Things You Can Do with a Masters in Logistics Degree

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Thanks to the growing influence of e-commerce companies and the desire for customers to get hold of the items they buy as quickly as possible, the masters in logistics degree has become highly-sought after. The increased demand enjoyed by e-retail companies has created a host of new opportunities for those who understand how to make the most of a supply chain.

Upon graduation, you should be able to find a career in a variety of fast-moving areas. There are both strategic and tactical roles available for graduates, and there’s a good chance that you’ll want to explore the market a little before you choose to specialize your degree a little further. Remember, you’ll need more than just an intensive knowledge of logistics and supply chains if you really want to thrive.

Most of the employers looking for logistics graduates are searching for employees that have a vast range of interpersonal skills and technological knowledge. You’ll need to demonstrate both attention to detail and enthusiasm in your craft. Here, we’ll look at five of the best things you can do with a masters in logistics degree.

#1 Operations Research Analyst

When it comes to a career in logistics, the analyst is one of the most common entry-level positions. Operations research analysts are responsible for analyzing and gathering data in a business to help look for any potential problems in the way that a company runs, and decide how changes can be made to improve on the functionality of that company. An analyst might decide how strategies can be put into place to improve the performance of a business.

Analysts will need to supplement their education in logistics with good computer and math skills if they want to thrive in their position. Additionally, a lot of employers will require them to do well in a team setting, although there’s always a chance that you could rise to a team leader position and need to suggest solutions to others and your supervisors. Although the analyst is often considered as an entry level position, it can involve a lot of varied and complicated tasks.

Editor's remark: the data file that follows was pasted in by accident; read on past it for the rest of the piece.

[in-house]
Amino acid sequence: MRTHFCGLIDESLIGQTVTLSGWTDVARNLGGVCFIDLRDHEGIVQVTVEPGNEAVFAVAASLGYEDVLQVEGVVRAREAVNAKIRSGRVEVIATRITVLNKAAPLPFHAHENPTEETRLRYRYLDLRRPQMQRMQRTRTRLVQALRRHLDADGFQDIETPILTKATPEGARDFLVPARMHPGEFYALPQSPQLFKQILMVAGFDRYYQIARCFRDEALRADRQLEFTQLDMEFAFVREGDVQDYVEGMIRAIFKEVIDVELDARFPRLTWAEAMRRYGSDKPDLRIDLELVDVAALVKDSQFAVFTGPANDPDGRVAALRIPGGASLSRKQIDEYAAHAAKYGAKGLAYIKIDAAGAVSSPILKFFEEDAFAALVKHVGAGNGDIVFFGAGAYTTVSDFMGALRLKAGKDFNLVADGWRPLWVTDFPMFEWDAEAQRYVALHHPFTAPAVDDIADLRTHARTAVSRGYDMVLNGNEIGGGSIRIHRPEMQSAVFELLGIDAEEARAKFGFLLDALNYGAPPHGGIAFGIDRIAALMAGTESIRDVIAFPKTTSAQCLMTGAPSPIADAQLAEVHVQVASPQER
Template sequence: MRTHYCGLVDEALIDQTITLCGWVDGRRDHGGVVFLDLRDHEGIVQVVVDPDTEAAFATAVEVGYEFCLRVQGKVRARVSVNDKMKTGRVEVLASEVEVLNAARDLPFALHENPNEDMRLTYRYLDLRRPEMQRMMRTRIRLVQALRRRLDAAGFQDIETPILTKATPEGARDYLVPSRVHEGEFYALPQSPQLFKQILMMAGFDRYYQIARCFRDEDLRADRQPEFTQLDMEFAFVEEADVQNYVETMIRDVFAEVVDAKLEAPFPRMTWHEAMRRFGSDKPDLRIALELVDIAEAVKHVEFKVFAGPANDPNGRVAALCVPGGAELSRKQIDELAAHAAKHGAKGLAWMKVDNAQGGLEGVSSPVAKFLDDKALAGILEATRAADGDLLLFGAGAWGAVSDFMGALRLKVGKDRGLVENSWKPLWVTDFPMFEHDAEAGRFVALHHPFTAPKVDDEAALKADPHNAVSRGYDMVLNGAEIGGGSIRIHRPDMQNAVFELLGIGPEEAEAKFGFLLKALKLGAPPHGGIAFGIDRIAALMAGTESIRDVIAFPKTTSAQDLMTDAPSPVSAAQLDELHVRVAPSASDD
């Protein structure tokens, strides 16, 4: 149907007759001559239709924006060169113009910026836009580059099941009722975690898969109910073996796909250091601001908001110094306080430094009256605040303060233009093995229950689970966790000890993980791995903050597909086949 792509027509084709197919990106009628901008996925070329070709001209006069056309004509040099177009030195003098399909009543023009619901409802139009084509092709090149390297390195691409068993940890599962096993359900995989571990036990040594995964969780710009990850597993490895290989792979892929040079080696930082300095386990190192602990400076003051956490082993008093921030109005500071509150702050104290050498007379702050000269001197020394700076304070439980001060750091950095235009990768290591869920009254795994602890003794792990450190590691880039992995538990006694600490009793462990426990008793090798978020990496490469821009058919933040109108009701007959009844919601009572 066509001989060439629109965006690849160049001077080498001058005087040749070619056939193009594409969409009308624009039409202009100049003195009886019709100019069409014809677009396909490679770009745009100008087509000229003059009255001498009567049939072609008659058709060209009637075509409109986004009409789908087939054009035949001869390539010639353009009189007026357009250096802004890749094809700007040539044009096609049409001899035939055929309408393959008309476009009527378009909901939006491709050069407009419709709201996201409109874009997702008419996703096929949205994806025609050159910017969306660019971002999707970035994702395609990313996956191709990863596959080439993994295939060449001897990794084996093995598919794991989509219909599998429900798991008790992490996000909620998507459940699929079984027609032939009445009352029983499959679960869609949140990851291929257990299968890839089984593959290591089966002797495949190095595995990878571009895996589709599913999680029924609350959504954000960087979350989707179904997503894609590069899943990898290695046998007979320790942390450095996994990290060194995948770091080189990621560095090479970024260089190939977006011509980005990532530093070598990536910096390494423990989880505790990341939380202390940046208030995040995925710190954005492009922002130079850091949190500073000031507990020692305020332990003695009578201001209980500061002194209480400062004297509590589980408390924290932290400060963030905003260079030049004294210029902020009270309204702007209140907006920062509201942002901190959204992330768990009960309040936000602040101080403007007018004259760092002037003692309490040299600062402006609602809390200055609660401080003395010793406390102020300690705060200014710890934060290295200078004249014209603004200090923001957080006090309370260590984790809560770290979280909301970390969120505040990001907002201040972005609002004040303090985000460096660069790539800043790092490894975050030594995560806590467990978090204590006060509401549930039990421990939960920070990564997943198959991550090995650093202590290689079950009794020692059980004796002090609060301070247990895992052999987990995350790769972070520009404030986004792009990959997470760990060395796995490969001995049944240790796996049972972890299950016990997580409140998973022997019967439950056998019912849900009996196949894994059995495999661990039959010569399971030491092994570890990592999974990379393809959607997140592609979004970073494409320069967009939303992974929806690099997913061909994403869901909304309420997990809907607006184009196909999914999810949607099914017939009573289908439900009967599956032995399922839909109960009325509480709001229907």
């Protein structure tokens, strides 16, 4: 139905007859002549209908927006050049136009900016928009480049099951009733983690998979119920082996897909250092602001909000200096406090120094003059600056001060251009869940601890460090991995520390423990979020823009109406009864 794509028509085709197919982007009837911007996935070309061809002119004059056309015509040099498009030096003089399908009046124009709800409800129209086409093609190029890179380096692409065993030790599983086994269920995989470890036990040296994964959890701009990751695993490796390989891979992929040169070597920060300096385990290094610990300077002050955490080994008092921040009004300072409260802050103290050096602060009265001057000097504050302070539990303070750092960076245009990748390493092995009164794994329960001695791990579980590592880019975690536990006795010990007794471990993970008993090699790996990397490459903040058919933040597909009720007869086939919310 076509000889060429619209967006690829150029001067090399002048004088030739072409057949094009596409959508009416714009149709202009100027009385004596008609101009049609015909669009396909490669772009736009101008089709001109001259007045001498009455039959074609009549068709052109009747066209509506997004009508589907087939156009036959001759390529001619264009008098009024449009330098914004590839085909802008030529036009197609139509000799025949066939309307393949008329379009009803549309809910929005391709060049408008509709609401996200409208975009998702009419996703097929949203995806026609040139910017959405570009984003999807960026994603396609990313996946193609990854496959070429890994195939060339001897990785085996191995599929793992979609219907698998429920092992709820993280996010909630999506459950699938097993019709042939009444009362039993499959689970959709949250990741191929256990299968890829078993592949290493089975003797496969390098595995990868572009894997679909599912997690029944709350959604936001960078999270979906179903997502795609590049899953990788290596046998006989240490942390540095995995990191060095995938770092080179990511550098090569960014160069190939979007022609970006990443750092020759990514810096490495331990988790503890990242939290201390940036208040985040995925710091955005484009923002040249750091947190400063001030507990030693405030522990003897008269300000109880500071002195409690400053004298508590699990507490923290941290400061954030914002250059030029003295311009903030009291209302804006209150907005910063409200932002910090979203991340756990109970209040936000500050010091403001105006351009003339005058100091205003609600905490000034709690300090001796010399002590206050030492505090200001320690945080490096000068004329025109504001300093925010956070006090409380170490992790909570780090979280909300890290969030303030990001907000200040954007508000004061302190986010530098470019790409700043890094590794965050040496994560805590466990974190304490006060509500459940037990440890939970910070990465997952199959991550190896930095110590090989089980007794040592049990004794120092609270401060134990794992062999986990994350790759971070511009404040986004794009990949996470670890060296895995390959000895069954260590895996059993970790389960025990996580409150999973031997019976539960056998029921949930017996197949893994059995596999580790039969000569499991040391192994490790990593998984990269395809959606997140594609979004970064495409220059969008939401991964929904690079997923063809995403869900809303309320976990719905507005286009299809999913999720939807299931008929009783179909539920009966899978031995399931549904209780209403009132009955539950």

According to the Bureau of Labor Statistics, operations research analysts had a median salary of $79,200 per year as of May 2016. The growth rate for this job is predicted to be 30% for 2014 to 2024, which is much faster than average.

#2 Logistics Engineer

A career as a logistics engineer could be the perfect fit for a person with a master in logistics degree. Usually, you’ll start your job as a research analyst, then step up to the position of a logistics engineer. These professionals are expected to evaluate both the logistics systems and the supply chain for a business, and figure out any problems along the route using advanced mathematics and computer systems. They are responsible for implementing any solutions that need to be adapted into a business.

As a logistics engineer, you’ll not only have to implement the new systems that will improve logistics and supply chains, and you should also be able to monitor them to see how well they work. You’ll be expected to write technical proposals for your plans, and logistics management often becomes a significant part of many careers as a logistic engineer. Some people refer to this career title as “logistician”.

According to the Bureau of Labor Statistics, a logistician had a median salary of $74,170 per year as of May 2016.

#3 Logistics Consultant

Another obvious career choice for those with a master’s degree in logistics is that of a logistics or management consultant. As a consultant, you will be responsible for looking at all the management aspects associated with logistics and supply chains, and coming up with scenarios that might help to improve an organization’s efficiency and productivity. A lot of logistics consultants will work as a freelancer, choosing their own clients, although there is an opportunity to work on the behalf of bigger companies and agencies too.